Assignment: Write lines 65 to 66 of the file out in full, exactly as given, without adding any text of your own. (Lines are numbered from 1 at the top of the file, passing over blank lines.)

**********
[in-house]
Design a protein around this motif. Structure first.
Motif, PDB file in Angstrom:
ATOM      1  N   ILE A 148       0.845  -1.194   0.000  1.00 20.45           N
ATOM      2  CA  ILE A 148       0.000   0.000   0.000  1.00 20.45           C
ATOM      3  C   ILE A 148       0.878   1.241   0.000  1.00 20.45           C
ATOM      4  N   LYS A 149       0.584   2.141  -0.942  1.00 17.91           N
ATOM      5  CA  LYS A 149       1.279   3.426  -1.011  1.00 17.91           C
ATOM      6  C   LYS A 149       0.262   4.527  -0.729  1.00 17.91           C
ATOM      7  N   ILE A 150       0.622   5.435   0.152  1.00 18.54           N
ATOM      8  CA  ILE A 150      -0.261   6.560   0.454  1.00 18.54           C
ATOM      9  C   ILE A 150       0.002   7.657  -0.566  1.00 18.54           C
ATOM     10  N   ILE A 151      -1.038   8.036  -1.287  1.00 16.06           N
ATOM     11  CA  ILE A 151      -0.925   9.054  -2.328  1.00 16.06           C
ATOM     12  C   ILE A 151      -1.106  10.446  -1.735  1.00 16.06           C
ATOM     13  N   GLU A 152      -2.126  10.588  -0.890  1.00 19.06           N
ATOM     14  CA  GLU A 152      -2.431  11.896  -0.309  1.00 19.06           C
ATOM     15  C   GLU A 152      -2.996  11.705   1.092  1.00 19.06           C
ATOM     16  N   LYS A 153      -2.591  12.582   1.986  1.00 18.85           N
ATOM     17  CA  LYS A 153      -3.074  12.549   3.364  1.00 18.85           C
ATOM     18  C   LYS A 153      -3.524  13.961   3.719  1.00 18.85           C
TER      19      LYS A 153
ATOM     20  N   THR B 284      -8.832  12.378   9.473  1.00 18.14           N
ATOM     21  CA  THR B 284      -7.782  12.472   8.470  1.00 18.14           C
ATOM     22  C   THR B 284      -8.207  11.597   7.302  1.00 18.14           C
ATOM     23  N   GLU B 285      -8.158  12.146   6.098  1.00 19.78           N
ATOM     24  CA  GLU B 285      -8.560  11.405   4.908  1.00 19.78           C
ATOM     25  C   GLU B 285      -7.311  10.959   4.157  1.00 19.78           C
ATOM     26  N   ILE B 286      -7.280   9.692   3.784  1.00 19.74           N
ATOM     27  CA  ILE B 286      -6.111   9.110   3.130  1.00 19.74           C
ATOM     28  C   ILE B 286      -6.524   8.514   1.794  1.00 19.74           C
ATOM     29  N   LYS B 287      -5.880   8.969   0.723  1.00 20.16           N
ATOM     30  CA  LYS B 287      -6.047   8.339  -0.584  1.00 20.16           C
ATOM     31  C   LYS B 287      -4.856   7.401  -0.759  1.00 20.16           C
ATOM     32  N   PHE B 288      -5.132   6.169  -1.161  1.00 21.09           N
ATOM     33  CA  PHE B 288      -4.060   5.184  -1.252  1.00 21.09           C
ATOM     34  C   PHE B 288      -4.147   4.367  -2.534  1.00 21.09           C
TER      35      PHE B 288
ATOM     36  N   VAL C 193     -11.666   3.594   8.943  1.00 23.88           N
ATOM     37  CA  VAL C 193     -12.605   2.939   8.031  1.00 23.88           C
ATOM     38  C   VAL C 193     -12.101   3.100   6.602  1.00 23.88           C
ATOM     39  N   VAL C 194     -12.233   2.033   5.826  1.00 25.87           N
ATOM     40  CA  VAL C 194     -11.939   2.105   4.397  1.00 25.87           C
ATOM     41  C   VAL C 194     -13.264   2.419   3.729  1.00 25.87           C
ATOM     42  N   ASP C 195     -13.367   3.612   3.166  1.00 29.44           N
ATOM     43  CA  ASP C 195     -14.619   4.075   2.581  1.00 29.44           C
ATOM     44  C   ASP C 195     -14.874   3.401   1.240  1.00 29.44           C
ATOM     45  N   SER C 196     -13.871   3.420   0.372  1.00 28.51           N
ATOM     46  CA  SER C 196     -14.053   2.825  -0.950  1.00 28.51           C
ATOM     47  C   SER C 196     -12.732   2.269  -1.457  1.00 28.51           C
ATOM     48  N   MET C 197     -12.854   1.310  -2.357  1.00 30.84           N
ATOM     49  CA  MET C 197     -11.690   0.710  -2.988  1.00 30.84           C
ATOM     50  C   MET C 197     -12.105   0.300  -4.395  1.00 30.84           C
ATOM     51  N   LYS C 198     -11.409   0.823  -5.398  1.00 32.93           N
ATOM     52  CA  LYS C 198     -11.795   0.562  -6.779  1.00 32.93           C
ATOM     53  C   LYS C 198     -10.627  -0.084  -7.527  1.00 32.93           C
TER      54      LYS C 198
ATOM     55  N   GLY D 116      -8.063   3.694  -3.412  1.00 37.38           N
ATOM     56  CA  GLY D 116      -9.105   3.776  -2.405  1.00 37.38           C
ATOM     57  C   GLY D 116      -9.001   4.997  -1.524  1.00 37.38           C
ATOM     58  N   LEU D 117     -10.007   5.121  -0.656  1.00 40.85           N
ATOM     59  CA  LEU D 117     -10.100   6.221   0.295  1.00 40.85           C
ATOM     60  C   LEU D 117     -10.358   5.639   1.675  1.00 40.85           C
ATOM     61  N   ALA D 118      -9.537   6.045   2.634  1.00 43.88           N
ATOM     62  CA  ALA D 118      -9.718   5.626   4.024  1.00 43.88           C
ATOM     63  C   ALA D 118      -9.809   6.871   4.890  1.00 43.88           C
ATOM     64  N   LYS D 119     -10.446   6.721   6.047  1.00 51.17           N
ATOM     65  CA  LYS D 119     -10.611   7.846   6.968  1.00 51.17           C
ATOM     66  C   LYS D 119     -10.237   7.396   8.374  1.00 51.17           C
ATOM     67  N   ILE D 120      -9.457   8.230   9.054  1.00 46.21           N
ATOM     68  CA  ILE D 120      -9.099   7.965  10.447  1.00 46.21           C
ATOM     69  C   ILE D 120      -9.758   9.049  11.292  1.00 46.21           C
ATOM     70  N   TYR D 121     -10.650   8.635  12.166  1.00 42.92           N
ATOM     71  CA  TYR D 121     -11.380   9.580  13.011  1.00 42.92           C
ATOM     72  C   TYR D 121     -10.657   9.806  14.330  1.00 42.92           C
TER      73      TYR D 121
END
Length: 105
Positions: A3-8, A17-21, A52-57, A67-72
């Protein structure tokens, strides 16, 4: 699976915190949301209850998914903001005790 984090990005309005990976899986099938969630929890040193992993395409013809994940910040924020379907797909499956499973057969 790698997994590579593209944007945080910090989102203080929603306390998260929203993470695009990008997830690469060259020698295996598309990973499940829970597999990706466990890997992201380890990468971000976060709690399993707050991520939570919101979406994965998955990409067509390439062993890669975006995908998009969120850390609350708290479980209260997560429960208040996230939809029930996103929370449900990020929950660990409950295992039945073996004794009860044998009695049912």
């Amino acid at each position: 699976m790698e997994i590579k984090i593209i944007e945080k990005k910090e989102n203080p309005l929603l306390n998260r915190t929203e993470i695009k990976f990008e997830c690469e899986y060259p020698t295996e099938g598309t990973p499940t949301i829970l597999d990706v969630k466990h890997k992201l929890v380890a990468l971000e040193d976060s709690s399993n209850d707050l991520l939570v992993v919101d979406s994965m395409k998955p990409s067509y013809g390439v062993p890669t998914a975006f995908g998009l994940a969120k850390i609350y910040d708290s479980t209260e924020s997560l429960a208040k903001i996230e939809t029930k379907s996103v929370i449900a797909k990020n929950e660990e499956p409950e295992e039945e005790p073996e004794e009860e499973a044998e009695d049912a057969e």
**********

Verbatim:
ATOM     62  CA  ALA D 118      -9.718   5.626   4.024  1.00 43.88           C
ATOM     63  C   ALA D 118      -9.809   6.871   4.890  1.00 43.88           C